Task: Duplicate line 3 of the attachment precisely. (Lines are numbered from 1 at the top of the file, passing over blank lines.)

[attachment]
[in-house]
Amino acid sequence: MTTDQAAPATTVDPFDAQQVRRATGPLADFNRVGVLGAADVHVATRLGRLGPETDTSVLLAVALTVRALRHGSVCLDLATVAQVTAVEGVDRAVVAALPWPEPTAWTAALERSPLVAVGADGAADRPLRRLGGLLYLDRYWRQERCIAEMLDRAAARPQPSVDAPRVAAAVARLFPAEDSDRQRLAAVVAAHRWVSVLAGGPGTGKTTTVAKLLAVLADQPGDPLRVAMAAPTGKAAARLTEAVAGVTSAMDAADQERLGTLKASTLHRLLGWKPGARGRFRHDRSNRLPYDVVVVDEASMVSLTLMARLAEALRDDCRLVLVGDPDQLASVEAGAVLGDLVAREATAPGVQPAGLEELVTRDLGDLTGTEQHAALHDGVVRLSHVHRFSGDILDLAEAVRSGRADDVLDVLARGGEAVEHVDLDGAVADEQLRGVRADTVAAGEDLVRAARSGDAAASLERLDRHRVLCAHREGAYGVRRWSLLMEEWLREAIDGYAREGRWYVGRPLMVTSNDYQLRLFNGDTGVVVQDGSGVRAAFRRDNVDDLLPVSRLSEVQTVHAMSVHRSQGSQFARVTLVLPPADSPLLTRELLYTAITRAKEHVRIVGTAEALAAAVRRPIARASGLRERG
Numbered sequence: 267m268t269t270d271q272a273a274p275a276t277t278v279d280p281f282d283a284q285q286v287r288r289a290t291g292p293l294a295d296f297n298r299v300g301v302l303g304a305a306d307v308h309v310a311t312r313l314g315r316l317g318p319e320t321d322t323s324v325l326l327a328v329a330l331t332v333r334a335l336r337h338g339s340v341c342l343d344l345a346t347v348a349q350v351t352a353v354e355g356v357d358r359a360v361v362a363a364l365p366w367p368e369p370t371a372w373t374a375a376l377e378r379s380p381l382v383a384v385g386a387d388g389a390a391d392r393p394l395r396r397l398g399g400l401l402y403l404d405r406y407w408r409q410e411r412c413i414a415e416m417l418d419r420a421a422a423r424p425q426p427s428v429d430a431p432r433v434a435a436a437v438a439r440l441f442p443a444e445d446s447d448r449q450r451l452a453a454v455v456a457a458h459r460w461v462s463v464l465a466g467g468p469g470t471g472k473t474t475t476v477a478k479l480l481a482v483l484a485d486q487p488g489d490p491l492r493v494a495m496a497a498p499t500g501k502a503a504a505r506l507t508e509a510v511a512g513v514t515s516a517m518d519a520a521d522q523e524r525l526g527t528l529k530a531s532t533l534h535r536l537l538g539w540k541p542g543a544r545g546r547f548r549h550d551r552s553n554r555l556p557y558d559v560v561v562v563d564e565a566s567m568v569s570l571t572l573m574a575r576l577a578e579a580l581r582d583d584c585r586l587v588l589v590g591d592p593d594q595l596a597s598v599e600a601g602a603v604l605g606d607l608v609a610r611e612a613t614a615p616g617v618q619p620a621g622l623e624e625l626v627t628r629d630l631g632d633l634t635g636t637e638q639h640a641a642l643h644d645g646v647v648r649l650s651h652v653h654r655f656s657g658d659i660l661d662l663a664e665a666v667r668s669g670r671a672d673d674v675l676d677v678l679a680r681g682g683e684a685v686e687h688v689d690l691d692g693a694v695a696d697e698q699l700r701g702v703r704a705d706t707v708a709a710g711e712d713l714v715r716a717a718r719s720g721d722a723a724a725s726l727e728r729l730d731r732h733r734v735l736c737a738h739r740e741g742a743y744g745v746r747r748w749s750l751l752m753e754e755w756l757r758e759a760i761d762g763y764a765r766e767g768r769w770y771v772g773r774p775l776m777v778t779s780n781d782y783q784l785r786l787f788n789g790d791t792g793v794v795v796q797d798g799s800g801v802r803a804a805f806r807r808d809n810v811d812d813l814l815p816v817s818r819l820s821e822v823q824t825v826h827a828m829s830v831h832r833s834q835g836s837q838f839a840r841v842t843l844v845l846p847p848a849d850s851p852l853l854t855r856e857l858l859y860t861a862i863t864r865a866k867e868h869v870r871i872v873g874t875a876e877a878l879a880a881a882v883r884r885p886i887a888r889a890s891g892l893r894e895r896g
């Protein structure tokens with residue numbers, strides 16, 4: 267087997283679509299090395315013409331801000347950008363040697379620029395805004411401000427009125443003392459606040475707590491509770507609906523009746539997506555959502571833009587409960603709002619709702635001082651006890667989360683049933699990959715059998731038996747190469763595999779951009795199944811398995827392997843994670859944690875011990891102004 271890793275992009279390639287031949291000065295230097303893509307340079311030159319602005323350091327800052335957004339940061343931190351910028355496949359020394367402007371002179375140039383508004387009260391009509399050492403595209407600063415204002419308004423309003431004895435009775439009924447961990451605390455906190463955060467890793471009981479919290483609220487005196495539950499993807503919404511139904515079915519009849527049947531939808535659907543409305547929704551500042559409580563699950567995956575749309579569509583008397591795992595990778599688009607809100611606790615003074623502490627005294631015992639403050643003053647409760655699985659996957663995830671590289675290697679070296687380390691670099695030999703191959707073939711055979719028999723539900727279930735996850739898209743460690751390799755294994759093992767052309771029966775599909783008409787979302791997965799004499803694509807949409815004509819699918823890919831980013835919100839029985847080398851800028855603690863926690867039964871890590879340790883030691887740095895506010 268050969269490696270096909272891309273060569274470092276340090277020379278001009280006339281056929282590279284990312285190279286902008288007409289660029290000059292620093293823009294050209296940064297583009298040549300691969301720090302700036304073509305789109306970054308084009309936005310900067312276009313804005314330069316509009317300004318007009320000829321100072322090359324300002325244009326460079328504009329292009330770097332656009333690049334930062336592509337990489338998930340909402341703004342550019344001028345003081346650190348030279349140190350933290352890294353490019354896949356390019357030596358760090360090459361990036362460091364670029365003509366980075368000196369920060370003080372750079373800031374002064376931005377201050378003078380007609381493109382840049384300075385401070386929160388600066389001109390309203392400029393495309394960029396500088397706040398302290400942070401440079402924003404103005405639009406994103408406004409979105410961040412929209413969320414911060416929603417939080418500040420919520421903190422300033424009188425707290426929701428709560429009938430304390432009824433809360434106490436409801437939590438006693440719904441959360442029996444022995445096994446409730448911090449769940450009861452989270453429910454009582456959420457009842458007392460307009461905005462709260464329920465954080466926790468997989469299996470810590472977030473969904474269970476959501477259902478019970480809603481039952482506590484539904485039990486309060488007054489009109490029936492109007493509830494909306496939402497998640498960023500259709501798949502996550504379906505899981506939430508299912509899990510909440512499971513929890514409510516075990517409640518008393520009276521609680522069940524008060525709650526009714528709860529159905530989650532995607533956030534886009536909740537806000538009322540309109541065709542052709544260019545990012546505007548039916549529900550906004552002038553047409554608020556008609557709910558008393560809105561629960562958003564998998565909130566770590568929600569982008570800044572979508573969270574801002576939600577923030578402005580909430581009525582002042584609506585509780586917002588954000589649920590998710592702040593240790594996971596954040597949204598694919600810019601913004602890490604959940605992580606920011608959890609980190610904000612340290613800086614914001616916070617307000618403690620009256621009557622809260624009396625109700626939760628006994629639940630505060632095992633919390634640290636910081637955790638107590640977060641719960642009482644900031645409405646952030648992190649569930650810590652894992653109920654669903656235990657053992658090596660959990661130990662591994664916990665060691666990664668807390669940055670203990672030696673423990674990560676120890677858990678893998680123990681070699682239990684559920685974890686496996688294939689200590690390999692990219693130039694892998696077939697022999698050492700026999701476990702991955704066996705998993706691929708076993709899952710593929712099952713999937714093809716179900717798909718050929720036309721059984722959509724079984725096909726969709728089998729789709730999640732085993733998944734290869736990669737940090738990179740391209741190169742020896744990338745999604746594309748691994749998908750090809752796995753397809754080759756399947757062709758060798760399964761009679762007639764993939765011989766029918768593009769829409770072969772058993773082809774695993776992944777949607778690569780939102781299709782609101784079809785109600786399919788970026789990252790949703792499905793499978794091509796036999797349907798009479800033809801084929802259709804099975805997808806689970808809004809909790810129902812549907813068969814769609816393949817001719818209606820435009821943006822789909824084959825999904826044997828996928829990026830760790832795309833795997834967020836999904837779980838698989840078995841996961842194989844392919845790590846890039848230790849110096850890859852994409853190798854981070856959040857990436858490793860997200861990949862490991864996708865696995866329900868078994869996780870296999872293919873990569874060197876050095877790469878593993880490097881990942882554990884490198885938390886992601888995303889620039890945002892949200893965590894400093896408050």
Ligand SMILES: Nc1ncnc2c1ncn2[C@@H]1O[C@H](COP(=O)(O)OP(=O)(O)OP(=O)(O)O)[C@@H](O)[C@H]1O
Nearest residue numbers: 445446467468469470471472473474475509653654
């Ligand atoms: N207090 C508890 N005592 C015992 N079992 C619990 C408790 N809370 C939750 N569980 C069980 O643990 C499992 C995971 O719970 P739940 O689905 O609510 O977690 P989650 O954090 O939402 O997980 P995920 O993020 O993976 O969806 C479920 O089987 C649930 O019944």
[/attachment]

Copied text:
Numbered sequence: 267m268t269t270d271q272a273a274p275a276t277t278v279d280p281f282d283a284q285q286v287r288r289a290t291g292p293l294a295d296f297n298r299v300g301v302l303g304a305a306d307v308h309v310a311t312r313l314g315r316l317g318p319e320t321d322t323s324v325l326l327a328v329a330l331t332v333r334a335l336r337h338g339s340v341c342l343d344l345a346t347v348a349q350v351t352a353v354e355g356v357d358r359a360v361v362a363a364l365p366w367p368e369p370t371a372w373t374a375a376l377e378r379s380p381l382v383a384v385g386a387d388g389a390a391d392r393p394l395r396r397l398g399g400l401l402y403l404d405r406y407w408r409q410e411r412c413i414a415e416m417l418d419r420a421a422a423r424p425q426p427s428v429d430a431p432r433v434a435a436a437v438a439r440l441f442p443a444e445d446s447d448r449q450r451l452a453a454v455v456a457a458h459r460w461v462s463v464l465a466g467g468p469g470t471g472k473t474t475t476v477a478k479l480l481a482v483l484a485d486q487p488g489d490p491l492r493v494a495m496a497a498p499t500g501k502a503a504a505r506l507t508e509a510v511a512g513v514t515s516a517m518d519a520a521d522q523e524r525l526g527t528l529k530a531s532t533l534h535r536l537l538g539w540k541p542g543a544r545g546r547f548r549h550d551r552s553n554r555l556p557y558d559v560v561v562v563d564e565a566s567m568v569s570l571t572l573m574a575r576l577a578e579a580l581r582d583d584c585r586l587v588l589v590g591d592p593d594q595l596a597s598v599e600a601g602a603v604l605g606d607l608v609a610r611e612a613t614a615p616g617v618q619p620a621g622l623e624e625l626v627t628r629d630l631g632d633l634t635g636t637e638q639h640a641a642l643h644d645g646v647v648r649l650s651h652v653h654r655f656s657g658d659i660l661d662l663a664e665a666v667r668s669g670r671a672d673d674v675l676d677v678l679a680r681g682g683e684a685v686e687h688v689d690l691d692g693a694v695a696d697e698q699l700r701g702v703r704a705d706t707v708a709a710g711e712d713l714v715r716a717a718r719s720g721d722a723a724a725s726l727e728r729l730d731r732h733r734v735l736c737a738h739r740e741g742a743y744g745v746r747r748w749s750l751l752m753e754e755w756l757r758e759a760i761d762g763y764a765r766e767g768r769w770y771v772g773r774p775l776m777v778t779s780n781d782y783q784l785r786l787f788n789g790d791t792g793v794v795v796q797d798g799s800g801v802r803a804a805f806r807r808d809n810v811d812d813l814l815p816v817s818r819l820s821e822v823q824t825v826h827a828m829s830v831h832r833s834q835g836s837q838f839a840r841v842t843l844v845l846p847p848a849d850s851p852l853l854t855r856e857l858l859y860t861a862i863t864r865a866k867e868h869v870r871i872v873g874t875a876e877a878l879a880a881a882v883r884r885p886i887a888r889a890s891g892l893r894e895r896g